Among the International Monetary Fund recommendations following the mission to Belgium —
Tackle the imbalances inherent in the current fiscal federalism arrangements. Resolving vertical imbalances will require shifting more of the burden of fiscal consolidation and preparation for population aging from federal/social security to community/regional entities. Horizontal imbalances between communities/regions should be reconsidered with a view to providing a better match between spending authority and revenue-raising responsibility and improving the transparency and incentive effects of intergovernmental solidarity mechanisms.
God knows how long it took to draft such a masterful dodging around Belgium’s regional sensitivities, albeit at the expense of a paragraph that will bewilder anyone who doesn’t know much about Belgium.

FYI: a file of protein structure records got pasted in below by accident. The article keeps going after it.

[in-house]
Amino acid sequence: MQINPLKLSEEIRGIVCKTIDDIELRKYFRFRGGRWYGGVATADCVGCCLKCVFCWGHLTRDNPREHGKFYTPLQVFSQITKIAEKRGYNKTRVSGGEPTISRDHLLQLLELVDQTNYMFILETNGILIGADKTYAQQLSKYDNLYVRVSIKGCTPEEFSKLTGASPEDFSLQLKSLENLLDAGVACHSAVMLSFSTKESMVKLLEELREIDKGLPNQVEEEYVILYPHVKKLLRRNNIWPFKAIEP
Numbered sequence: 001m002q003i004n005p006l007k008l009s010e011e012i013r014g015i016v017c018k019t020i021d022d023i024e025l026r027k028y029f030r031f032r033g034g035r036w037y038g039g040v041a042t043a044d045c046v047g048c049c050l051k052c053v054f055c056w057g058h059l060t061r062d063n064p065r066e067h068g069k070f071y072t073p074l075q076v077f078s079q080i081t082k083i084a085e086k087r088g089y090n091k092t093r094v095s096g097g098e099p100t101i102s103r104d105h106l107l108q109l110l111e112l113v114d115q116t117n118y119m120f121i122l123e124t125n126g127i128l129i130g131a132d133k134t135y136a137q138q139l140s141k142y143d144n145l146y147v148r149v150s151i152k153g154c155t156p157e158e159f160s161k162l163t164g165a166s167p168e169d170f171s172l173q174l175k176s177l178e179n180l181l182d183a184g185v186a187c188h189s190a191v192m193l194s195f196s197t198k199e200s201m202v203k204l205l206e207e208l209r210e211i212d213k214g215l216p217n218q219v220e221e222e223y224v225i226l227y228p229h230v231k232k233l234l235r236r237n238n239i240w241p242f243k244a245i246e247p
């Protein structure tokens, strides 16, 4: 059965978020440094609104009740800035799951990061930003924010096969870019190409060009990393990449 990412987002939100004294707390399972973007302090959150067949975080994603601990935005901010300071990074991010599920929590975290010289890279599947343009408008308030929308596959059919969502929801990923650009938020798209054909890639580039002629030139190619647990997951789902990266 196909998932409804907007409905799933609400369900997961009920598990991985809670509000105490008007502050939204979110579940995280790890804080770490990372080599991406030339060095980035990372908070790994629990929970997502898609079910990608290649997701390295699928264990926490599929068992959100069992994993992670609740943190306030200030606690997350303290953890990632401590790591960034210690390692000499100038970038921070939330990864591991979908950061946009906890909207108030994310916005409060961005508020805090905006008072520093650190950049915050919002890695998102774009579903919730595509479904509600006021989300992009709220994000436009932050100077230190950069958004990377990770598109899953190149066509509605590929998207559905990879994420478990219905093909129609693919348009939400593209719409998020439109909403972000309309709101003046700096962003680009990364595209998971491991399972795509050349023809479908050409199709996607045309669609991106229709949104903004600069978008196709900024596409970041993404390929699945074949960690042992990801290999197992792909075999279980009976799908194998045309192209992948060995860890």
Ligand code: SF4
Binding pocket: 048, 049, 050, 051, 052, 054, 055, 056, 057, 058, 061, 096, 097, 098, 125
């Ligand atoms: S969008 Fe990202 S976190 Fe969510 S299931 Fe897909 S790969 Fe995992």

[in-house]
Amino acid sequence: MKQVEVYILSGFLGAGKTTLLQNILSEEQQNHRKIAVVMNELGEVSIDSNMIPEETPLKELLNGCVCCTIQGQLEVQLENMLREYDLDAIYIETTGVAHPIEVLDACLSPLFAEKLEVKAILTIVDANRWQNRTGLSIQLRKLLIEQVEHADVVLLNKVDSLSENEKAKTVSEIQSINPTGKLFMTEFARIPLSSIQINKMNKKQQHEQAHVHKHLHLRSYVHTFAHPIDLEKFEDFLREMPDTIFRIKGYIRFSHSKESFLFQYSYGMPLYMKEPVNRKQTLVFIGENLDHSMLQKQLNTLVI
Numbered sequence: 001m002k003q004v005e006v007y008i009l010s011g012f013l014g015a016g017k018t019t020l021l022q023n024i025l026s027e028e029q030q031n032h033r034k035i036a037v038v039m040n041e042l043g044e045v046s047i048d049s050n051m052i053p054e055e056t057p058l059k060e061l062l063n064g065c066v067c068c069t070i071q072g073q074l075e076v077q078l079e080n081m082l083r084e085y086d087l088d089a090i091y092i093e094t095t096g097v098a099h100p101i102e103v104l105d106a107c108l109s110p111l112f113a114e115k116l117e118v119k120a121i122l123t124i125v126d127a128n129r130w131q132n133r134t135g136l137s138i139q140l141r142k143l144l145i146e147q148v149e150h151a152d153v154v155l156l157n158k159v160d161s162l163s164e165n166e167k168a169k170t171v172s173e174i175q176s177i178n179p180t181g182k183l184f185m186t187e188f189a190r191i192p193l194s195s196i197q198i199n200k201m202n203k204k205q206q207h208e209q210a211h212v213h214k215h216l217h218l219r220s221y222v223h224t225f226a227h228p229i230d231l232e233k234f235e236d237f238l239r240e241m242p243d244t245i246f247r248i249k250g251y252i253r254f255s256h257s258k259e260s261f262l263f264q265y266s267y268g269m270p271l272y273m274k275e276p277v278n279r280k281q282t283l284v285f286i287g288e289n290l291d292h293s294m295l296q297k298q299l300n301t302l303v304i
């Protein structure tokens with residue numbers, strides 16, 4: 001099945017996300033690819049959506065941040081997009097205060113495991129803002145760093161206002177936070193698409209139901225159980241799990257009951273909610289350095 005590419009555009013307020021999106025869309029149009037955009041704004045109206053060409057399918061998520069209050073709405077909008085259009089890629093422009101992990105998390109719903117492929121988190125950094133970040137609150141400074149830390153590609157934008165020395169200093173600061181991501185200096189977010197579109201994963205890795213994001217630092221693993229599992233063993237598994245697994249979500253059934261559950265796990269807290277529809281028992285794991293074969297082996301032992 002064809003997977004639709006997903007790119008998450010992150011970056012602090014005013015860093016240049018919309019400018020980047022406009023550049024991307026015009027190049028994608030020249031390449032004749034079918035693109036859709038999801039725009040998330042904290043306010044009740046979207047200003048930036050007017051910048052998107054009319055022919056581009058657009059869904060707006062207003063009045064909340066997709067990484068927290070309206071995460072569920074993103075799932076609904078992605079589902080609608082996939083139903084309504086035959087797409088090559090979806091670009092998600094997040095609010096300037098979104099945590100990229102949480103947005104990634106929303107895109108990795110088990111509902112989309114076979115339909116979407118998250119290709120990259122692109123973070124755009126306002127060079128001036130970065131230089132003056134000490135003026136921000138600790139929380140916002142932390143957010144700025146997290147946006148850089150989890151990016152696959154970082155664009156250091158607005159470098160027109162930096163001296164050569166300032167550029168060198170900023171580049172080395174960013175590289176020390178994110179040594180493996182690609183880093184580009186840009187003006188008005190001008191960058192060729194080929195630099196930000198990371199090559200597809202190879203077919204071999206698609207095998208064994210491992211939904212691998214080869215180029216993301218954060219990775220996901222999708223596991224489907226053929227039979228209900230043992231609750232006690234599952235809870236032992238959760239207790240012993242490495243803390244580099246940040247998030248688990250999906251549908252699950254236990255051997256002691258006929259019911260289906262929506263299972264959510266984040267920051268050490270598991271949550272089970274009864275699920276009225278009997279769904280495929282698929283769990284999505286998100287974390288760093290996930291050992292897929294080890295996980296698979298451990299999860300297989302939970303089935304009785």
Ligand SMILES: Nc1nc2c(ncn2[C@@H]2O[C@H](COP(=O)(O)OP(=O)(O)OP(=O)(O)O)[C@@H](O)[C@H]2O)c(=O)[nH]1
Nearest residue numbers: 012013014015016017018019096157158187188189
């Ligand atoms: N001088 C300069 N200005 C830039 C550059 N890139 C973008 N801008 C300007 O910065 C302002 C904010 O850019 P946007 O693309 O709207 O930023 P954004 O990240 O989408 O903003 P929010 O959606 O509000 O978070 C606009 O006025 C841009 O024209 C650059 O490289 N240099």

So one heads back to earlier IMF reports on Belgium to see what on earth they mean and it seems to be: the big federal government responsibilities, pensions and health, are the ones that are getting steadily more expensive due to demographic changes, and Flanders bears a lot of these costs because the taxes that finance them rely on a tax base in which Flanders has a high weight.Â Hence, says the Fund, the long-term solution requires shifting pensions and health to regional governments so that costs and benefits more closely match.
The political problem with that is what while it reduces Flemish grievance about bearing a disproportionate share, it likewise weakens the burden-sharing inherent in federal mechanisms and lays the groundwork for the regions going out on their own. Â It’s a tricky prescription to be selling when the separation issue is probably back in the play with the resignation of the painstakingly formed government over the Fortis affair.Â Hence the need to bury it in Fundese. Is that a linguistic community in Belgium?